Implanted abdominal pumps may malfunction in MRIs, FDA warns

 The Food and Drug Administration Wednesday issued a warning over the use of implantable infusion pumps in MRIs.

Implantable infusion pumps are devices implanted under the skin — usually in the abdominal region — and connected to an implanted catheter. The devices help deliver medication and fluids to the body, according to the FDA.

The FDA received numerous reports of serious adverse events — including patient injury and death — regarding use of the implanted infusion pumps in the MRI environment. MRI systems may cause mechanical problems with the pumps, such as releasing inaccurate doses of medications or failing to restart after such an MRI, according to the report.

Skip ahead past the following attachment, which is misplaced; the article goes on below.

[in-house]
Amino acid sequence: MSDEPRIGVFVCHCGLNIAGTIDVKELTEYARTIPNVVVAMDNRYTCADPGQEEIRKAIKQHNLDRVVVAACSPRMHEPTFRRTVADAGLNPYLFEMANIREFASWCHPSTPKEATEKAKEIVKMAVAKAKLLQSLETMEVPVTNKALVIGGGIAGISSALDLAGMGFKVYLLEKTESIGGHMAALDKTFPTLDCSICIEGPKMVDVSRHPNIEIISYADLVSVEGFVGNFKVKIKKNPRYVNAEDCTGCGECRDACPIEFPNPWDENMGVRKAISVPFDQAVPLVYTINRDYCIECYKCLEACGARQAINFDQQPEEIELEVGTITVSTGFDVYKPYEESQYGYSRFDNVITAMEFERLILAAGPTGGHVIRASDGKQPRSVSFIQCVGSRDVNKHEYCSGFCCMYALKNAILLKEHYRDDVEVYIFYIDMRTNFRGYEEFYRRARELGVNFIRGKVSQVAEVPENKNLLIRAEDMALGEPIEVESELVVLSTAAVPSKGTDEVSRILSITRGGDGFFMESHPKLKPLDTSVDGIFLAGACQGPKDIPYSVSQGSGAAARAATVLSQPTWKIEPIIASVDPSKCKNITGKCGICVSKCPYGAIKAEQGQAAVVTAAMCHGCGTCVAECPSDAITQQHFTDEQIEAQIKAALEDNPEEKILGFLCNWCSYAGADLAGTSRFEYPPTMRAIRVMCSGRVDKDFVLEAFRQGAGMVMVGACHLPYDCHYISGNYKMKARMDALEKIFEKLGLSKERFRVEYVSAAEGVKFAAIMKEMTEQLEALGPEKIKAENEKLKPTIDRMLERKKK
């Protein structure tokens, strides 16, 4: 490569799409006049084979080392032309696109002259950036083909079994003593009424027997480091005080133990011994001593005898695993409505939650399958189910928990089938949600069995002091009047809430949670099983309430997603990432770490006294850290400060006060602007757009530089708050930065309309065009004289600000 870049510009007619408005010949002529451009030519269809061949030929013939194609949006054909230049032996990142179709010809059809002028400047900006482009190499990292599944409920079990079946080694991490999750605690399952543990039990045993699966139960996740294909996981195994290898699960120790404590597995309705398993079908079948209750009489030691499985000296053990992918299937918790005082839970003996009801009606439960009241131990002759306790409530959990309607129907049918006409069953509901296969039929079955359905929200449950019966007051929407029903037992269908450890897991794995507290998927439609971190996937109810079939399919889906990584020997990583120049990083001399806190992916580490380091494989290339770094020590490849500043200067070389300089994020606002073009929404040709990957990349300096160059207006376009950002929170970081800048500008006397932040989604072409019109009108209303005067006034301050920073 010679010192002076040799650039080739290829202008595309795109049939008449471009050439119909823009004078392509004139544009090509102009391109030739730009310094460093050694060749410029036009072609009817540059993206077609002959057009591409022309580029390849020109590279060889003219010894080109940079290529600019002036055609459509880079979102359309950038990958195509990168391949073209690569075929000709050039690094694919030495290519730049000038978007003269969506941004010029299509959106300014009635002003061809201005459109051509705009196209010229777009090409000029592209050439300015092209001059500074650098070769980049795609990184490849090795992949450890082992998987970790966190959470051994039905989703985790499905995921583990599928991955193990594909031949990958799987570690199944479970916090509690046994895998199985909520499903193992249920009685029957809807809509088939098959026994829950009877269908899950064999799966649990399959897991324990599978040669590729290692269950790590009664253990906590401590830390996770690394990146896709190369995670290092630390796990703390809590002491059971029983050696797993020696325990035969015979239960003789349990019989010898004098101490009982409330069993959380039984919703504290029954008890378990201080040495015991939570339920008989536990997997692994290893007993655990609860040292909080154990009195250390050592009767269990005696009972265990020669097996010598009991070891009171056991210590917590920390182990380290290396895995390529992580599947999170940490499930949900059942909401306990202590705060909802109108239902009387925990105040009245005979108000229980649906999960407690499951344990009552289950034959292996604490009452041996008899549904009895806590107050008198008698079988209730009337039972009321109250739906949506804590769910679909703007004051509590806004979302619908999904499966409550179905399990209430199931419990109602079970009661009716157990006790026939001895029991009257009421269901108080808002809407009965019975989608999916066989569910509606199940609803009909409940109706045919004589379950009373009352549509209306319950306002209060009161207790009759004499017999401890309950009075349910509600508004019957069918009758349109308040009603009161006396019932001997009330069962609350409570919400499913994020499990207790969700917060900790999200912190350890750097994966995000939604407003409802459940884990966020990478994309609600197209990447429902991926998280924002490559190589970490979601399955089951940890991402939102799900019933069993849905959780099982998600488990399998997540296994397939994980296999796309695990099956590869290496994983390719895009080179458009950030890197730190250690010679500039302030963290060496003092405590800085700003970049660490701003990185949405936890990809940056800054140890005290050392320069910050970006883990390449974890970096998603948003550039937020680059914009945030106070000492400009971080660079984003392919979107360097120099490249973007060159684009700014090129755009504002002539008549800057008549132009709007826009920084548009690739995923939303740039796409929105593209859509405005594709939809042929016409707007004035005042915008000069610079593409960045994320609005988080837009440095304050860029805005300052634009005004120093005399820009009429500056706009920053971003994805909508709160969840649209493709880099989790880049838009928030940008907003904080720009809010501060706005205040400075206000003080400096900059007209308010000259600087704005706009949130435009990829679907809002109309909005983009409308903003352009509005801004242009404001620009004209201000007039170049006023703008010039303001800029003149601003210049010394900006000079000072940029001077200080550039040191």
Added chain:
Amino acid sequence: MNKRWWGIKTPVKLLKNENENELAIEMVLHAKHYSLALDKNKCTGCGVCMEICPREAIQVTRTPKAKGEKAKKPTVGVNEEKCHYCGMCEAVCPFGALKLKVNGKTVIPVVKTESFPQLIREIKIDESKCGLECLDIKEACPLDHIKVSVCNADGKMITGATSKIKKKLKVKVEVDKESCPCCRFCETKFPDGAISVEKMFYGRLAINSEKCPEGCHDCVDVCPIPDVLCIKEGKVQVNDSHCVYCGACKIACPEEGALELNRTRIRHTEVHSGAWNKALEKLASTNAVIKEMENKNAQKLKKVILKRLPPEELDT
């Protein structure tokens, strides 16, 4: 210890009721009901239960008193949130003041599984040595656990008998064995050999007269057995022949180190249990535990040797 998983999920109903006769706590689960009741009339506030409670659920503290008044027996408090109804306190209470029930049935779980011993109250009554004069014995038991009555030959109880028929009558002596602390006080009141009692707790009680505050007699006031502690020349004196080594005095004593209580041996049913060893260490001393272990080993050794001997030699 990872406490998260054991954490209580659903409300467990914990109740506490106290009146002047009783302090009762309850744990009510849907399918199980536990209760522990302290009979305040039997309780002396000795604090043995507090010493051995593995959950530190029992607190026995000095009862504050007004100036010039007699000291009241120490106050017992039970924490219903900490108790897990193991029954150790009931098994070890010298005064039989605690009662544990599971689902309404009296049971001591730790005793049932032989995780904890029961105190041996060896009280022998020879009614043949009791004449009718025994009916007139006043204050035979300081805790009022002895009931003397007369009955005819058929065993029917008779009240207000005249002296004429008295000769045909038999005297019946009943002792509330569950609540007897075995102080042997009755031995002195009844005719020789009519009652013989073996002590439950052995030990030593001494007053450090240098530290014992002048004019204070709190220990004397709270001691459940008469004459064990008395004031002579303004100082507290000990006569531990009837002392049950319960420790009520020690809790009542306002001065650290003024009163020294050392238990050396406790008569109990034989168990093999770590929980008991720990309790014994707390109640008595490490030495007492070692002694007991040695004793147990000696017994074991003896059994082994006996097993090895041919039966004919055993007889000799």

Only implantable infusion pumps labeled as "MR Conditional" are safe for use in an MRI environment and only under the specified conditions of safe use, which vary by make and model, according to the FDA. The agency recommends clinicians weigh the benefits and risks of an MRI exam for each patient prior to performing the test.

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